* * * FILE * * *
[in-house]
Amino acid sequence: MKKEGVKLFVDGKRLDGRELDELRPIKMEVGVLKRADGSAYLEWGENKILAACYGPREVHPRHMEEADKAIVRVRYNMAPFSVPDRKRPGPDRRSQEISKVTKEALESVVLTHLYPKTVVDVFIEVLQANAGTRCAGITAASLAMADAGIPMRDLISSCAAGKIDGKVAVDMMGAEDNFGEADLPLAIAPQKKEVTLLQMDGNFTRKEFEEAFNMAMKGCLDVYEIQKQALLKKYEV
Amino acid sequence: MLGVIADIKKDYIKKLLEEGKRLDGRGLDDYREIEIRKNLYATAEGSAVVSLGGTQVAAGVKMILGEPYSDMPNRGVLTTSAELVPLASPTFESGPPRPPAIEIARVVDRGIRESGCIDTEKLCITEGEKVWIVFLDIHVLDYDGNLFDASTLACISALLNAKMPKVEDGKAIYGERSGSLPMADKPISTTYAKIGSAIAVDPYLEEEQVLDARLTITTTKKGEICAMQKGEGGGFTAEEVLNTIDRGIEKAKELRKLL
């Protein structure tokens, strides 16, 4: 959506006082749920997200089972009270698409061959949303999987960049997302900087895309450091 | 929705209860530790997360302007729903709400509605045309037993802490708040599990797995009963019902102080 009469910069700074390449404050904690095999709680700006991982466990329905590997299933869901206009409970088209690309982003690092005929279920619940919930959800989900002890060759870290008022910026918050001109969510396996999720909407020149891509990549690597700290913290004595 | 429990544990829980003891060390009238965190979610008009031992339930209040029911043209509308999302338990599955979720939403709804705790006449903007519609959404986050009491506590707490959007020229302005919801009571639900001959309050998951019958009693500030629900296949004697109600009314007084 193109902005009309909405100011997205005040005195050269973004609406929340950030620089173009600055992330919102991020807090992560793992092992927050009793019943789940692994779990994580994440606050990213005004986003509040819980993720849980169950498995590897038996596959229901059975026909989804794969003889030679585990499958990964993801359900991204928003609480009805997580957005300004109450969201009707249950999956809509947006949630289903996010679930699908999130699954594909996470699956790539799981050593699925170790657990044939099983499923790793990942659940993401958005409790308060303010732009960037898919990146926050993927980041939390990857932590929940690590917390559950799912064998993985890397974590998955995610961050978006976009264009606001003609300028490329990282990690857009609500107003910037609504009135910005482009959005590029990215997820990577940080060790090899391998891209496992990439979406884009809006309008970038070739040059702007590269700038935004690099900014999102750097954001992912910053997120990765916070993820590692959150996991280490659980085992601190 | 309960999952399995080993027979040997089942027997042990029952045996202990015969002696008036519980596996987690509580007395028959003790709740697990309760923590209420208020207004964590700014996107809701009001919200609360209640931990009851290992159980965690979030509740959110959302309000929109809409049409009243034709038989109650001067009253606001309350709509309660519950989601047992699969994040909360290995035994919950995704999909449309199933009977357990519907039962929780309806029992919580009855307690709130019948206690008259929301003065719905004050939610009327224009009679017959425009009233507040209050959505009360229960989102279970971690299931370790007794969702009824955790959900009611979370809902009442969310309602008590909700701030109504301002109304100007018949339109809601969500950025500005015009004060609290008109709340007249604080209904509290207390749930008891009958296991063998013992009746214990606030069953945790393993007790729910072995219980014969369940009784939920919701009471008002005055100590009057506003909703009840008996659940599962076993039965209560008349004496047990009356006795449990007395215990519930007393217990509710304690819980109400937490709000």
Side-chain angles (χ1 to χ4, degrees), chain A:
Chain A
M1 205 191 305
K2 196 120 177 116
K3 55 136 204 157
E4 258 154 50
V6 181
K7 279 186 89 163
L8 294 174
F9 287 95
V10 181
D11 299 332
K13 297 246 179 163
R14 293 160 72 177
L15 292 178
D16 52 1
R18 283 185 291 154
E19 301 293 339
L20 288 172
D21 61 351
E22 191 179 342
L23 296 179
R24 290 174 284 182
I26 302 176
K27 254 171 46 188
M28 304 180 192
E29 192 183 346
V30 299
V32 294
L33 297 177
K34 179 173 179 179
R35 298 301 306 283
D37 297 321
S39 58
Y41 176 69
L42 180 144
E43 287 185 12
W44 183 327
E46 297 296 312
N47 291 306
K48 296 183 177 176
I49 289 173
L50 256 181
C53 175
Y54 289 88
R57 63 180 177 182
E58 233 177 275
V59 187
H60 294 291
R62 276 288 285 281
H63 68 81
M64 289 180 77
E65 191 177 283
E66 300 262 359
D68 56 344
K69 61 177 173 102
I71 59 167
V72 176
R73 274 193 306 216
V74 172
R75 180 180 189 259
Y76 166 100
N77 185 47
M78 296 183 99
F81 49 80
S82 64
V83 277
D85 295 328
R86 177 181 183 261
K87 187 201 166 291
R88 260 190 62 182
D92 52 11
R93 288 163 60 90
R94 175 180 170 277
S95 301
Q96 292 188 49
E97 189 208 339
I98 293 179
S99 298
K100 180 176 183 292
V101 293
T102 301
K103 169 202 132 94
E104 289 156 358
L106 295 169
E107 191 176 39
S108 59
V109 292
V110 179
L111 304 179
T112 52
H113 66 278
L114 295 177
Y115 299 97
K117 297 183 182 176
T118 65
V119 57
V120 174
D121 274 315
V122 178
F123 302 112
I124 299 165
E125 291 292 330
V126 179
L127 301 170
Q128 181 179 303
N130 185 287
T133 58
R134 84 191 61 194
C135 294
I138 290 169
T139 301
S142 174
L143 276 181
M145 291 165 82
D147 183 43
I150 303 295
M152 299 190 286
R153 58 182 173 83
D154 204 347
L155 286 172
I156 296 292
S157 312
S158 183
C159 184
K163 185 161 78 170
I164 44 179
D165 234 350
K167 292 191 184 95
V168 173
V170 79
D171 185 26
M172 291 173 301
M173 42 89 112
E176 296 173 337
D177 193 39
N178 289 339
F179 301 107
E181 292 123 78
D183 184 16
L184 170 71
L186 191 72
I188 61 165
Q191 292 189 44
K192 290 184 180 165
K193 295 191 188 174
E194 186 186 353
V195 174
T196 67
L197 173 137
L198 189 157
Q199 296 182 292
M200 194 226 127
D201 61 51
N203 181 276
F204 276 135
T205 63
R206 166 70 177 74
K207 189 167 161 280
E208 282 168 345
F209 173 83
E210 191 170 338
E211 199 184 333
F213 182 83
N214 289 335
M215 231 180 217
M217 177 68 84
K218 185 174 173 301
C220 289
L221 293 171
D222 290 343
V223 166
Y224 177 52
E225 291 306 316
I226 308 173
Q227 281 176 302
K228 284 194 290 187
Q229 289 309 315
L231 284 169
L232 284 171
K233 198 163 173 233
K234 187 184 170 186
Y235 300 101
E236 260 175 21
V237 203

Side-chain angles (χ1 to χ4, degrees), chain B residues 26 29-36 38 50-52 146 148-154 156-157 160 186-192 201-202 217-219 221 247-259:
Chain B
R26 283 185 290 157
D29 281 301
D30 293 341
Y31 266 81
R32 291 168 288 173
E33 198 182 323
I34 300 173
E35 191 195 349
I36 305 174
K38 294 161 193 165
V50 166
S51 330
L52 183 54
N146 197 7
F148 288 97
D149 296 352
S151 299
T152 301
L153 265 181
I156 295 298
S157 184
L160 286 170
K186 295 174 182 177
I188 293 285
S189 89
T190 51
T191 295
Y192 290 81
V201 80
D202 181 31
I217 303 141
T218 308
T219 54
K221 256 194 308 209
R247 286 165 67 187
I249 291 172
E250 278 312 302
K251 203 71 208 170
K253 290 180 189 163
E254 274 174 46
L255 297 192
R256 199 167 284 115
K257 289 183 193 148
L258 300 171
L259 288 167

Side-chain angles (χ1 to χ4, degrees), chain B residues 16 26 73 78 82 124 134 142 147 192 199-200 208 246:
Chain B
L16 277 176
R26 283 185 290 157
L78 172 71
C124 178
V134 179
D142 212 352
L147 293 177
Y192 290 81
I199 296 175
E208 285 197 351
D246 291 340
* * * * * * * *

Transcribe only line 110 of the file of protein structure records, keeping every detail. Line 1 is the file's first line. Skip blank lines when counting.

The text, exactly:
Q128 181 179 303